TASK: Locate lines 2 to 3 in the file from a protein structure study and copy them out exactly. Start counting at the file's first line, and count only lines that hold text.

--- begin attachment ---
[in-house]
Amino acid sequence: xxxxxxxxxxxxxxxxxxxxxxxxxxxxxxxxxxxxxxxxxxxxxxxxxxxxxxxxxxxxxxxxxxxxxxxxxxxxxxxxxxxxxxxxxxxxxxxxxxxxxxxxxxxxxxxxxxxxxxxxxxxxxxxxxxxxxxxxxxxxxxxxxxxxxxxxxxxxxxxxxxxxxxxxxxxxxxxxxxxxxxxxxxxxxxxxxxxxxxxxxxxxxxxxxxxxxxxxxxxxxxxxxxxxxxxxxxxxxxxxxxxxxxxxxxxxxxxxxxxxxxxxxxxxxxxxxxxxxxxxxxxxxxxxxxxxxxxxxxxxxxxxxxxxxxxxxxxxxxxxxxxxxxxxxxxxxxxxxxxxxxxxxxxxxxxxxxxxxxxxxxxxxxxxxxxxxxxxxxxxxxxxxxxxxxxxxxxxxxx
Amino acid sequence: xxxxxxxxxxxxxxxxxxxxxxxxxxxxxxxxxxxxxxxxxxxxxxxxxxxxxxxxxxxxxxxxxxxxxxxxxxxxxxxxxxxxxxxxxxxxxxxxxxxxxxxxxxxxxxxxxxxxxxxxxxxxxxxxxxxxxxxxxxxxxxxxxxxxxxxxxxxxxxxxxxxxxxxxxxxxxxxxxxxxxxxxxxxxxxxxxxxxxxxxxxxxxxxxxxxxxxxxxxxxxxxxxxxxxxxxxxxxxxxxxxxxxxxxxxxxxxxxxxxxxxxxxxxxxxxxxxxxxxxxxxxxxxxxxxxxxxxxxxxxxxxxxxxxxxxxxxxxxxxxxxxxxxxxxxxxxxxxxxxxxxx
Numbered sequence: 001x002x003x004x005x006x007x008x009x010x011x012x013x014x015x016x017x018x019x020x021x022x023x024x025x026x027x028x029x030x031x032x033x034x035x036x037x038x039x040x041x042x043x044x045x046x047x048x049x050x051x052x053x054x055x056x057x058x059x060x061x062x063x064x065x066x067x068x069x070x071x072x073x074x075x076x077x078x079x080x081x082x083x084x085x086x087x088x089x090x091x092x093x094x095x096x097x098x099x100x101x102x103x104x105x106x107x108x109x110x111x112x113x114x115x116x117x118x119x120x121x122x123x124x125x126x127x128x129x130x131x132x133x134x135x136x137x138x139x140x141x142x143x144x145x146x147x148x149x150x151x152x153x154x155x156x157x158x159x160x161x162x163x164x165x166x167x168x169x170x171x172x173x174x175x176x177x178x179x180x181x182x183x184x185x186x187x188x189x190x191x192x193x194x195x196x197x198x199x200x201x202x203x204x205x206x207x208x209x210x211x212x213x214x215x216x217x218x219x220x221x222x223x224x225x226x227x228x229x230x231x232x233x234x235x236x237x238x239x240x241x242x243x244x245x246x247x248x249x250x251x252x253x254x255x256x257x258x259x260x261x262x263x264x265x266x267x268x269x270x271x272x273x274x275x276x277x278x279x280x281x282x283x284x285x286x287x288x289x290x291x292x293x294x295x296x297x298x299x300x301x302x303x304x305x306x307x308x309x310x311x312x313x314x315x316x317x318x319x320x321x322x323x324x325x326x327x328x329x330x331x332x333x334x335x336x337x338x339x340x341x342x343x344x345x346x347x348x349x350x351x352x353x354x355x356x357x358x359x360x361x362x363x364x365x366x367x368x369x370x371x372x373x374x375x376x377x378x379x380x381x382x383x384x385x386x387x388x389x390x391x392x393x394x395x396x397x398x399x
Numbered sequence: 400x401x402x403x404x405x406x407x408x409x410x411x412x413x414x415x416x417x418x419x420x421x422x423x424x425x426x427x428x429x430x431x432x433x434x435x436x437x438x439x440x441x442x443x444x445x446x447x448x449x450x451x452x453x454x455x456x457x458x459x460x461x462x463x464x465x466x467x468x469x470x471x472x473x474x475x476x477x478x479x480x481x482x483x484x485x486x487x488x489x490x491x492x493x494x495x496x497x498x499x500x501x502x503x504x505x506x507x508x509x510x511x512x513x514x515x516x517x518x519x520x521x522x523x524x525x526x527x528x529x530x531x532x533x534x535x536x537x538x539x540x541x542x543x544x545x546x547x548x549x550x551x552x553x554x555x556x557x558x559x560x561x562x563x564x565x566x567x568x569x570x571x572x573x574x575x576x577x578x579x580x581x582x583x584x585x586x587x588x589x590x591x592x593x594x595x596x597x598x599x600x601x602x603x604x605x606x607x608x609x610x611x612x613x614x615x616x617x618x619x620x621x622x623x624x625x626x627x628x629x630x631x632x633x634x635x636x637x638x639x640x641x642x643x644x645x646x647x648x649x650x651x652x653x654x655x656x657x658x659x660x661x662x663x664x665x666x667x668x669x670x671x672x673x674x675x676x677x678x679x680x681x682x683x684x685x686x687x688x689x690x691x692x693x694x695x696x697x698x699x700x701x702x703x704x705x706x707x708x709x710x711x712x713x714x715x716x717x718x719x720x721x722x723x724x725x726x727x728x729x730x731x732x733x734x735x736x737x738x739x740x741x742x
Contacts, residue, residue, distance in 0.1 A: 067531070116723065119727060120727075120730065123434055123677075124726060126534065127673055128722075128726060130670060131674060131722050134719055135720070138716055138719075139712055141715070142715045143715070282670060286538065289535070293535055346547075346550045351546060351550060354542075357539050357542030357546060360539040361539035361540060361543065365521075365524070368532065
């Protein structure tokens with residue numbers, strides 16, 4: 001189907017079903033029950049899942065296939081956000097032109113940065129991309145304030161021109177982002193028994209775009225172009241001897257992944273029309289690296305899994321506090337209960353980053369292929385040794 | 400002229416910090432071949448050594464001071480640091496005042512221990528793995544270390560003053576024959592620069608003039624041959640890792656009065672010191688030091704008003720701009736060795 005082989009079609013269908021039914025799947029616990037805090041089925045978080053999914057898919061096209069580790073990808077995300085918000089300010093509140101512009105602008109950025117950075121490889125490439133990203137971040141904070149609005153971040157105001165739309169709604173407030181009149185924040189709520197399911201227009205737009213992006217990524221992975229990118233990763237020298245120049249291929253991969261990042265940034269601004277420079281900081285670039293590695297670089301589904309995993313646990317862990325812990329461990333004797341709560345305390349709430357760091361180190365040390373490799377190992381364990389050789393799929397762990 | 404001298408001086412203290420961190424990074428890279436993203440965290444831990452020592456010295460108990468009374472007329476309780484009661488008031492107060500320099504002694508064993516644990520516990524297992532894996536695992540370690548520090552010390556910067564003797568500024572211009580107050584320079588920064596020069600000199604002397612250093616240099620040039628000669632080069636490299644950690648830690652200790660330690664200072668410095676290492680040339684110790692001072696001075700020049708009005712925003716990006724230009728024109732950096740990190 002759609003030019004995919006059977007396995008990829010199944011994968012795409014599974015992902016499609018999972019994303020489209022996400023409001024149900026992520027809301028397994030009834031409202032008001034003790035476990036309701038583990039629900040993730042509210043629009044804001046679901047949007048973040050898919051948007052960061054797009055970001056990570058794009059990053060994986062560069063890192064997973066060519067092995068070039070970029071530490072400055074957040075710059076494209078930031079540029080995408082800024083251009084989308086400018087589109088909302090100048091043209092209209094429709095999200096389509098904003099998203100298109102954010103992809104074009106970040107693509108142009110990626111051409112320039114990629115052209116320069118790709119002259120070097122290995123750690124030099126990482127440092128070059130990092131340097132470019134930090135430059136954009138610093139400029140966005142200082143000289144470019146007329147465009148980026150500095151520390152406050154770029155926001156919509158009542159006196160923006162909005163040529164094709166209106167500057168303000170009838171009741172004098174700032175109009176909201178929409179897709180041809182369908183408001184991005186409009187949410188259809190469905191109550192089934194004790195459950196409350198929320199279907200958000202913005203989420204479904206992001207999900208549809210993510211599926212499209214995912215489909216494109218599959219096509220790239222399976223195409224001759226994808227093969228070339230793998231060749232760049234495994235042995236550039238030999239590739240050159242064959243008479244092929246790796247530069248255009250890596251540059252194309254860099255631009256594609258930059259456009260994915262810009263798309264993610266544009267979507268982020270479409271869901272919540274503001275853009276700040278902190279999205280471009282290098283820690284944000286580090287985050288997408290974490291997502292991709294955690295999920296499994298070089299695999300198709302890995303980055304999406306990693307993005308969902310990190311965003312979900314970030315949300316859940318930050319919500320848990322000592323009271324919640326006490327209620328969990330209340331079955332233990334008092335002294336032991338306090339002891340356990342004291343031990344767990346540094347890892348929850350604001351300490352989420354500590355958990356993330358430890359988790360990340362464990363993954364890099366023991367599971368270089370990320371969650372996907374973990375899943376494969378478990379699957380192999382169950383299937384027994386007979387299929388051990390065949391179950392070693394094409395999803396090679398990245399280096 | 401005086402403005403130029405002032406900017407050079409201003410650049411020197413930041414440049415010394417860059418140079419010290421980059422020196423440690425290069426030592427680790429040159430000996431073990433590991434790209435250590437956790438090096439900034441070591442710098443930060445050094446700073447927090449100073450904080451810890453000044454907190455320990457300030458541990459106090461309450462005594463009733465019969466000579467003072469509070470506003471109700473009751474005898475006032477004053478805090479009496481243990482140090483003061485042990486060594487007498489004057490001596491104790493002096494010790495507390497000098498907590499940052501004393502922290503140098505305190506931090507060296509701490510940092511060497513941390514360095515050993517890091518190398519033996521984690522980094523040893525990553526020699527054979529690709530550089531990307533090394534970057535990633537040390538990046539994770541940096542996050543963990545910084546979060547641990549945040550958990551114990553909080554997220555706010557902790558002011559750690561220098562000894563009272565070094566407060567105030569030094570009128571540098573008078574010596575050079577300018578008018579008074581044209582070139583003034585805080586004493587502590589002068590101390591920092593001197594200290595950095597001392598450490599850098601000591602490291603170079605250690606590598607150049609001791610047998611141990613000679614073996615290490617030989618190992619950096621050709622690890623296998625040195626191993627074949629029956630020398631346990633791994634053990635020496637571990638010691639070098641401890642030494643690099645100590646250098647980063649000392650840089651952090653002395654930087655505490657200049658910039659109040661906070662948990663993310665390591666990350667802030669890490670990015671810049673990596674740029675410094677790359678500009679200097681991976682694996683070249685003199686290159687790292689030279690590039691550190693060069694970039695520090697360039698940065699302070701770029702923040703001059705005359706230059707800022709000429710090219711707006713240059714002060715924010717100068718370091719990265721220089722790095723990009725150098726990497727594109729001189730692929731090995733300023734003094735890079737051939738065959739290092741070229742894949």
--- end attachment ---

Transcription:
Amino acid sequence: xxxxxxxxxxxxxxxxxxxxxxxxxxxxxxxxxxxxxxxxxxxxxxxxxxxxxxxxxxxxxxxxxxxxxxxxxxxxxxxxxxxxxxxxxxxxxxxxxxxxxxxxxxxxxxxxxxxxxxxxxxxxxxxxxxxxxxxxxxxxxxxxxxxxxxxxxxxxxxxxxxxxxxxxxxxxxxxxxxxxxxxxxxxxxxxxxxxxxxxxxxxxxxxxxxxxxxxxxxxxxxxxxxxxxxxxxxxxxxxxxxxxxxxxxxxxxxxxxxxxxxxxxxxxxxxxxxxxxxxxxxxxxxxxxxxxxxxxxxxxxxxxxxxxxxxxxxxxxxxxxxxxxxxxxxxxxxxxxxxxxxxxxxxxxxxxxxxxxxxxxxxxxxxxxxxxxxxxxxxxxxxxxxxxxxxxxxxxxxx
Amino acid sequence: xxxxxxxxxxxxxxxxxxxxxxxxxxxxxxxxxxxxxxxxxxxxxxxxxxxxxxxxxxxxxxxxxxxxxxxxxxxxxxxxxxxxxxxxxxxxxxxxxxxxxxxxxxxxxxxxxxxxxxxxxxxxxxxxxxxxxxxxxxxxxxxxxxxxxxxxxxxxxxxxxxxxxxxxxxxxxxxxxxxxxxxxxxxxxxxxxxxxxxxxxxxxxxxxxxxxxxxxxxxxxxxxxxxxxxxxxxxxxxxxxxxxxxxxxxxxxxxxxxxxxxxxxxxxxxxxxxxxxxxxxxxxxxxxxxxxxxxxxxxxxxxxxxxxxxxxxxxxxxxxxxxxxxxxxxxxxxxxxxxxxxx